The strategic divide between Russia and the United States when it comes to Islamic terrorism and the Middle East has been on stark display this week. But the truth is that it has been there ever since the Sept. 11 attacks, showing the remarkable consistency of the Russian position.

Two years ago, Vladimir Putin piped up to defend Bashar al-Assad just as the wrath of the U.S. was at its peak. He did so in an editorial in The New York Times. Joining the vast majority of the American public, Putin argued against direct U.S. intervention in Syria's civil war. As American hawks talked up the possibility of "moderate rebels" ruling from Damascus, Putin offered a prescient caution:

Syria is not witnessing a battle for democracy, but an armed conflict between government and opposition in a multireligious country. There are few champions of democracy in Syria. But there are more than enough Qaeda fighters and extremists of all stripes battling the government. The United States State Department has designated Al Nusra Front and the Islamic State of Iraq and the Levant, fighting with the opposition, as terrorist organizations. [The New York Times]

Now Russia intercedes again, this time with arms for Assad and an intelligence-sharing agreement between Russia, Iraq, Iran, and Assad to combat ISIS. But Putin is still equipped with the convincing argument. At the United Nations on Monday, President Obama and Putin offered dueling visions for the region. Obama's vision hinged on the idea that order isn't enough:

We see an erosion of the democratic principles and human rights that are fundamental to this institution's mission. Information is strictly controlled, the space for civil society restricted. We are told that such retrenchment is required to beat back disorder, that is the only way to step out terrorism, or prevent foreign meddling. In accordance with this logic, we should support tyrants like Bashar al-Assad, who drops barrel bombs on innocent children, because the alternative is surely worse. [via Vox]

Putin responded pragmatically, saying that utopian ideals of democratic revolution were responsible for the violence in the first place:

"Instead of the triumph of democracy and progress, we got violence, poverty and social disaster — and nobody cares a bit about human rights, including the right to life," Putin said through a translator. "I cannot help asking those who have forced that situation: 'Do you realize what you have done?'" [CNBC]

Putin wins this exchange by TKO. The truth is that the liberal and conservative hawks in America's elite policymaking circles have a problem: In Syria they have three enemies (ISIS, Assad, and Al Nusra), no friends, and no plausible end-state. The most detailed plans for such an end-state practically announce themselves as Rube Goldberg machines. Fifteen extremely improbable things have to go exactly right to win this three-sided civil war, and then you still have to find a new leadership class in Syria that didn't have its "moderate" label permanently worn off under years of combat stress.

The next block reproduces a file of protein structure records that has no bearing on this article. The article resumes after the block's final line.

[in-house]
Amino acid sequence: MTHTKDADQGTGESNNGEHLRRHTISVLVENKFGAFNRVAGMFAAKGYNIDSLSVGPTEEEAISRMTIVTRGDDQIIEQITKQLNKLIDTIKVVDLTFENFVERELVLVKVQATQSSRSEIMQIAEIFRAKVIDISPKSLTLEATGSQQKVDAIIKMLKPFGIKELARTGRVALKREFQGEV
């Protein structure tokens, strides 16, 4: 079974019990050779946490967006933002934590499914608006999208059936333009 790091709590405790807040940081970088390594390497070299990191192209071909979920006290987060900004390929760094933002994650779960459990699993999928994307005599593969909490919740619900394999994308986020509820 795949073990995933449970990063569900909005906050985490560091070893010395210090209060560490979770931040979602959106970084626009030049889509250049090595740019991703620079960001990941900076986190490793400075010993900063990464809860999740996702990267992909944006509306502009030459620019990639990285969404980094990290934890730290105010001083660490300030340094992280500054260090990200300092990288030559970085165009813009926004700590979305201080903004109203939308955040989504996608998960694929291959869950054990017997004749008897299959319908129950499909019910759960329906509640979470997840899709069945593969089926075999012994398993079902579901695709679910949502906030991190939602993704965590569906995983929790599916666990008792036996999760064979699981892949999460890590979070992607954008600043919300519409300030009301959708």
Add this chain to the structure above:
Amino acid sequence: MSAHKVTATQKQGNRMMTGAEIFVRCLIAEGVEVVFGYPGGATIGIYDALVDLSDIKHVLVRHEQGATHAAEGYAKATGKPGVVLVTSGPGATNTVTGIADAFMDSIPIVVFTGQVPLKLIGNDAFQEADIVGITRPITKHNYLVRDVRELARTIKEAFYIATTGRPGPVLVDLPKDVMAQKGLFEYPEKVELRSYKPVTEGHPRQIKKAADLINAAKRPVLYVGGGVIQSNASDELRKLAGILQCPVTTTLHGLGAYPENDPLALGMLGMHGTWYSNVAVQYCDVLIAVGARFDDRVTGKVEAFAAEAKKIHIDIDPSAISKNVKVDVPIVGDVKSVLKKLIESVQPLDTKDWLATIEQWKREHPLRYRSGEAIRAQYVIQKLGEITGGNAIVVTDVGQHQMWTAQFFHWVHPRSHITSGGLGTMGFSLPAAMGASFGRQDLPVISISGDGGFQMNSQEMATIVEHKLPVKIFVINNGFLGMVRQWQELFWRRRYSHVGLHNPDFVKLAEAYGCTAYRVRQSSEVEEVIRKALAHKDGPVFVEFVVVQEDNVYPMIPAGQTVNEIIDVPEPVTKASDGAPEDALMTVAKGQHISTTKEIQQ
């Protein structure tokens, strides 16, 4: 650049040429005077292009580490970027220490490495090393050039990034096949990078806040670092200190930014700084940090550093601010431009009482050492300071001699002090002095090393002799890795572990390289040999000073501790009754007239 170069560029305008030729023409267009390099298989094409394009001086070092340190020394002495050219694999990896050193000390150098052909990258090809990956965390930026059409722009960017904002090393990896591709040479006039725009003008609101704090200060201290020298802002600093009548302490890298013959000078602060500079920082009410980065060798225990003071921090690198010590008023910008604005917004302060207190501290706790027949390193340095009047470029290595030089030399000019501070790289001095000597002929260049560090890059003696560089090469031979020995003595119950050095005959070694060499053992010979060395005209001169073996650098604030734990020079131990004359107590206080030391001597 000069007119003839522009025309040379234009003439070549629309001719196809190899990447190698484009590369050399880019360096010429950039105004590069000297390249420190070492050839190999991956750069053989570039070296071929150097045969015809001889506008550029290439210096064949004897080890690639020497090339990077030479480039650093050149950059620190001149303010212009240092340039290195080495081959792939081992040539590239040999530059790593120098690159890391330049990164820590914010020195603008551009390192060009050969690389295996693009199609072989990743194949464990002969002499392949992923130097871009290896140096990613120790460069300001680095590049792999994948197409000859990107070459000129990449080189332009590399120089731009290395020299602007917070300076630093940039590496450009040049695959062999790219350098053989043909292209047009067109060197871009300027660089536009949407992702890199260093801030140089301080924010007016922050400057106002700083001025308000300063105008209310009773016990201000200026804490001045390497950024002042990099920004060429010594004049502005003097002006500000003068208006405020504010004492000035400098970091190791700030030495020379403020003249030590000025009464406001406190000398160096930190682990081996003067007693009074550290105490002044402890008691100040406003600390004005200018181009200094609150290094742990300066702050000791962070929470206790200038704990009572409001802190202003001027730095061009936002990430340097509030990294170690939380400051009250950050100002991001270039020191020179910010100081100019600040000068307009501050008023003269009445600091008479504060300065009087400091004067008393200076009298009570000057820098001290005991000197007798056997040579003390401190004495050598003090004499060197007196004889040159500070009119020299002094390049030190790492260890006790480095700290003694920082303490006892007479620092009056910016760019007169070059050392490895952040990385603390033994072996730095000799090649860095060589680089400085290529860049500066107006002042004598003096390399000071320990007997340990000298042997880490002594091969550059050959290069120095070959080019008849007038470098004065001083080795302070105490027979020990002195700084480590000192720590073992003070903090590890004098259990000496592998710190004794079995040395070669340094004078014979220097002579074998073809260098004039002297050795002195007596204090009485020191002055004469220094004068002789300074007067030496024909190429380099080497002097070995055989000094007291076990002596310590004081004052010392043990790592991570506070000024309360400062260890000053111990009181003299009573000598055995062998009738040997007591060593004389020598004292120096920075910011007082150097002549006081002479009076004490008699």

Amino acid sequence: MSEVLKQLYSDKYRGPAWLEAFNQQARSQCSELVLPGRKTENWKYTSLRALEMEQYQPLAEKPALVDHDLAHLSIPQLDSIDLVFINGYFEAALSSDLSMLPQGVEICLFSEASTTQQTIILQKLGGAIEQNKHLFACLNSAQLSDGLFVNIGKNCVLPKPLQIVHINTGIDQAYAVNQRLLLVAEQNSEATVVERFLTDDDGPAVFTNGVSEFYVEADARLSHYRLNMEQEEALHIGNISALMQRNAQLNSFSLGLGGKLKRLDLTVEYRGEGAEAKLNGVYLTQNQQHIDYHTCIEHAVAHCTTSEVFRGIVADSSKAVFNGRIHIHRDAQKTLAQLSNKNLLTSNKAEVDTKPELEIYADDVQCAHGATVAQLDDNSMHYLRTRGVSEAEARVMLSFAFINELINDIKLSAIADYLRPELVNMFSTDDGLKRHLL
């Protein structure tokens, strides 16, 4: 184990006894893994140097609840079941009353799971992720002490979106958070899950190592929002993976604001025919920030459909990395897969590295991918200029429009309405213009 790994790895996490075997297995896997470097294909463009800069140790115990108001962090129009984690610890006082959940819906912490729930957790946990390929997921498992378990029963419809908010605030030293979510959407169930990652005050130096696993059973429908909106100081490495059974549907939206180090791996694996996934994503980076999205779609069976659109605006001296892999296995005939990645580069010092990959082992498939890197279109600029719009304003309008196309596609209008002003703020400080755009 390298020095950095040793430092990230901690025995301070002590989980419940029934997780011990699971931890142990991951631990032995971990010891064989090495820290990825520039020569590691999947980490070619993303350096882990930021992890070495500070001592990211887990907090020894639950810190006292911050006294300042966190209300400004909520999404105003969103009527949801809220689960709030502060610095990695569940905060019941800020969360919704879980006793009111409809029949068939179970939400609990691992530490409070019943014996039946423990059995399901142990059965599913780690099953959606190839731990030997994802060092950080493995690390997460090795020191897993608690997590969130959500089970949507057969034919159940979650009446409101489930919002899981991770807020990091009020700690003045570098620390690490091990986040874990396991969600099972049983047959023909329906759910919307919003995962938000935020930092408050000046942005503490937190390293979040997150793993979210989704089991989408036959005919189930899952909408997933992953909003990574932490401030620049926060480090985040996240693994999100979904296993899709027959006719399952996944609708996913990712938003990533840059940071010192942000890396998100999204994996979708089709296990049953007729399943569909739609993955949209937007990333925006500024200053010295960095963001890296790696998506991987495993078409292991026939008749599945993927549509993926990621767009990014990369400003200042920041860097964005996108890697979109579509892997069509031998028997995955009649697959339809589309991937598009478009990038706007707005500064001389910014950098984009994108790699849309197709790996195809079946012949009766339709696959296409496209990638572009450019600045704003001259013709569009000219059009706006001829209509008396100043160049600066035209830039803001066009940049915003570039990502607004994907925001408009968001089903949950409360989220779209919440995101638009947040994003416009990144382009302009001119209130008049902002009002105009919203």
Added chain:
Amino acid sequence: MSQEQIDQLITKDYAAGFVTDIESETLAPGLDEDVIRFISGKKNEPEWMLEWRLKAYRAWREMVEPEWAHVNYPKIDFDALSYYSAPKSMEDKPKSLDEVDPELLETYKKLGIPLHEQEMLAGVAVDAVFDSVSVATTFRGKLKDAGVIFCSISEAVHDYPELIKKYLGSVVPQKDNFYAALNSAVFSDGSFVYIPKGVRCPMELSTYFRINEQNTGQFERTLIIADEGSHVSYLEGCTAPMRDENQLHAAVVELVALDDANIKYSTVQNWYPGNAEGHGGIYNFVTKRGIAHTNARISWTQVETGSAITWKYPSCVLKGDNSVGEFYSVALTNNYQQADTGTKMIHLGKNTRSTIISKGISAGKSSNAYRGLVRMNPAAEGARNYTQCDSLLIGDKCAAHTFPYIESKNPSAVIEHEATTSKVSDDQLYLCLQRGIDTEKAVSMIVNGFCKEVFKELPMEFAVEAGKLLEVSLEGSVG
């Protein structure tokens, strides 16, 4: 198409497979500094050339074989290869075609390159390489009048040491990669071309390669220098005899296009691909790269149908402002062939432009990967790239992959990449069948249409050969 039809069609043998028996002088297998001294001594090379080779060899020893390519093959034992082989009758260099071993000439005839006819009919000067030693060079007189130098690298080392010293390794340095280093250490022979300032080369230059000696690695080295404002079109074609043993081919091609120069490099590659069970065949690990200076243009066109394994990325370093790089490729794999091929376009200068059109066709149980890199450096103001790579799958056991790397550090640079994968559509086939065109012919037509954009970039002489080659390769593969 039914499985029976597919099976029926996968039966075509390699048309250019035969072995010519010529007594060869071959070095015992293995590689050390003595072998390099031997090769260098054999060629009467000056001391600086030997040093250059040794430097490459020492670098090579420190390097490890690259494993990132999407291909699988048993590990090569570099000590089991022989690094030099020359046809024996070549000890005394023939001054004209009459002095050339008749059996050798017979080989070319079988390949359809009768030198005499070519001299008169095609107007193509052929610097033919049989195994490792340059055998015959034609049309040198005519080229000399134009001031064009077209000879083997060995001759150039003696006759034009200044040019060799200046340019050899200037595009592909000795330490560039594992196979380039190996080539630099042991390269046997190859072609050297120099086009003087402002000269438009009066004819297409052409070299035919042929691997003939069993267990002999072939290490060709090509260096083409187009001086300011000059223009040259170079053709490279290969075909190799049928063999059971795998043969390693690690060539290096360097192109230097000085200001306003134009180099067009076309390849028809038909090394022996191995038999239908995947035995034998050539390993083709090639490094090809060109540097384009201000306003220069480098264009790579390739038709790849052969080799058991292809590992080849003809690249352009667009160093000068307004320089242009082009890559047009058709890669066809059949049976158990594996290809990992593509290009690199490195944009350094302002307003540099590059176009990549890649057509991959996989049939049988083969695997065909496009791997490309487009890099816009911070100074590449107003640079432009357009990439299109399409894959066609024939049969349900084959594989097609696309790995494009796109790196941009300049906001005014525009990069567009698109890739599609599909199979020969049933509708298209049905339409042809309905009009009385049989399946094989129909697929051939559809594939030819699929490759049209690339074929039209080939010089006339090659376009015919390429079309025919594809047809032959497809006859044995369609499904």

Even the accusatory tone at the end is appropriate. There is a moral hazard when the United States holds out the possibility of air support and arms. Rebel groups try to become "too democratic to fail," and hope for Uncle Sam's backstop, whatever damage America wrecks on their countries.

Russia's thinking on Syria has the luxury of simplicity. Support Assad and be done with it. Beat the rebels, beat ISIS and Al Nusra, and in exchange for help, make Assad eat some concessions. The costs of the Syrian civil war are no longer just being paid in blood by countless Syrians. The refugee crisis now threatens Europe's reigning political parties and even the very political arrangements that define the European project.

In any case, it is striking how Obama and Putin in 2015 merely magnify differences that were present in the days and weeks just after 9/11. Yes, Putin reached out to George W. Bush in the immediate aftermath. At the time, Michael McFaul, who would later become ambassador to Russia under Obama, called Putin's welcoming of troops in Central Asia "the boldest decision of his short tenure," which represented a "risky Westward turn." Putin actually referred to the 9/11 attacks as a "global Chechnya."

But you could also see the divergence. For Bush, the war on terrorism was a conflict with between "good and evil," or between democracy and the authoritarianism that engendered terrorism. Putin and his foreign ministers repeatedly framed the conflict with Islamic terrorism as one between the civilized world and barbarians. In other words, between order and criminality.

Russia's devotion to international order can be just as self-serving and hypocritical as our own professed fealty to democracy. Russia allows its friends in Eastern Ukraine to create disorder, and we have no problem with the theocratic government of Saudi Arabia pillaging and destroying its neighbor in Yemen.

But still, it does seem like a missed opportunity. The U.S. could adopt Russia's general framework for dealing with international terrorist groups and instability in the Middle East: a strong preference for order, first. Experience has taught us who comes to fill in the void produced by chaos.

Putin may be a hypocrite and a dictator. But he's not wrong.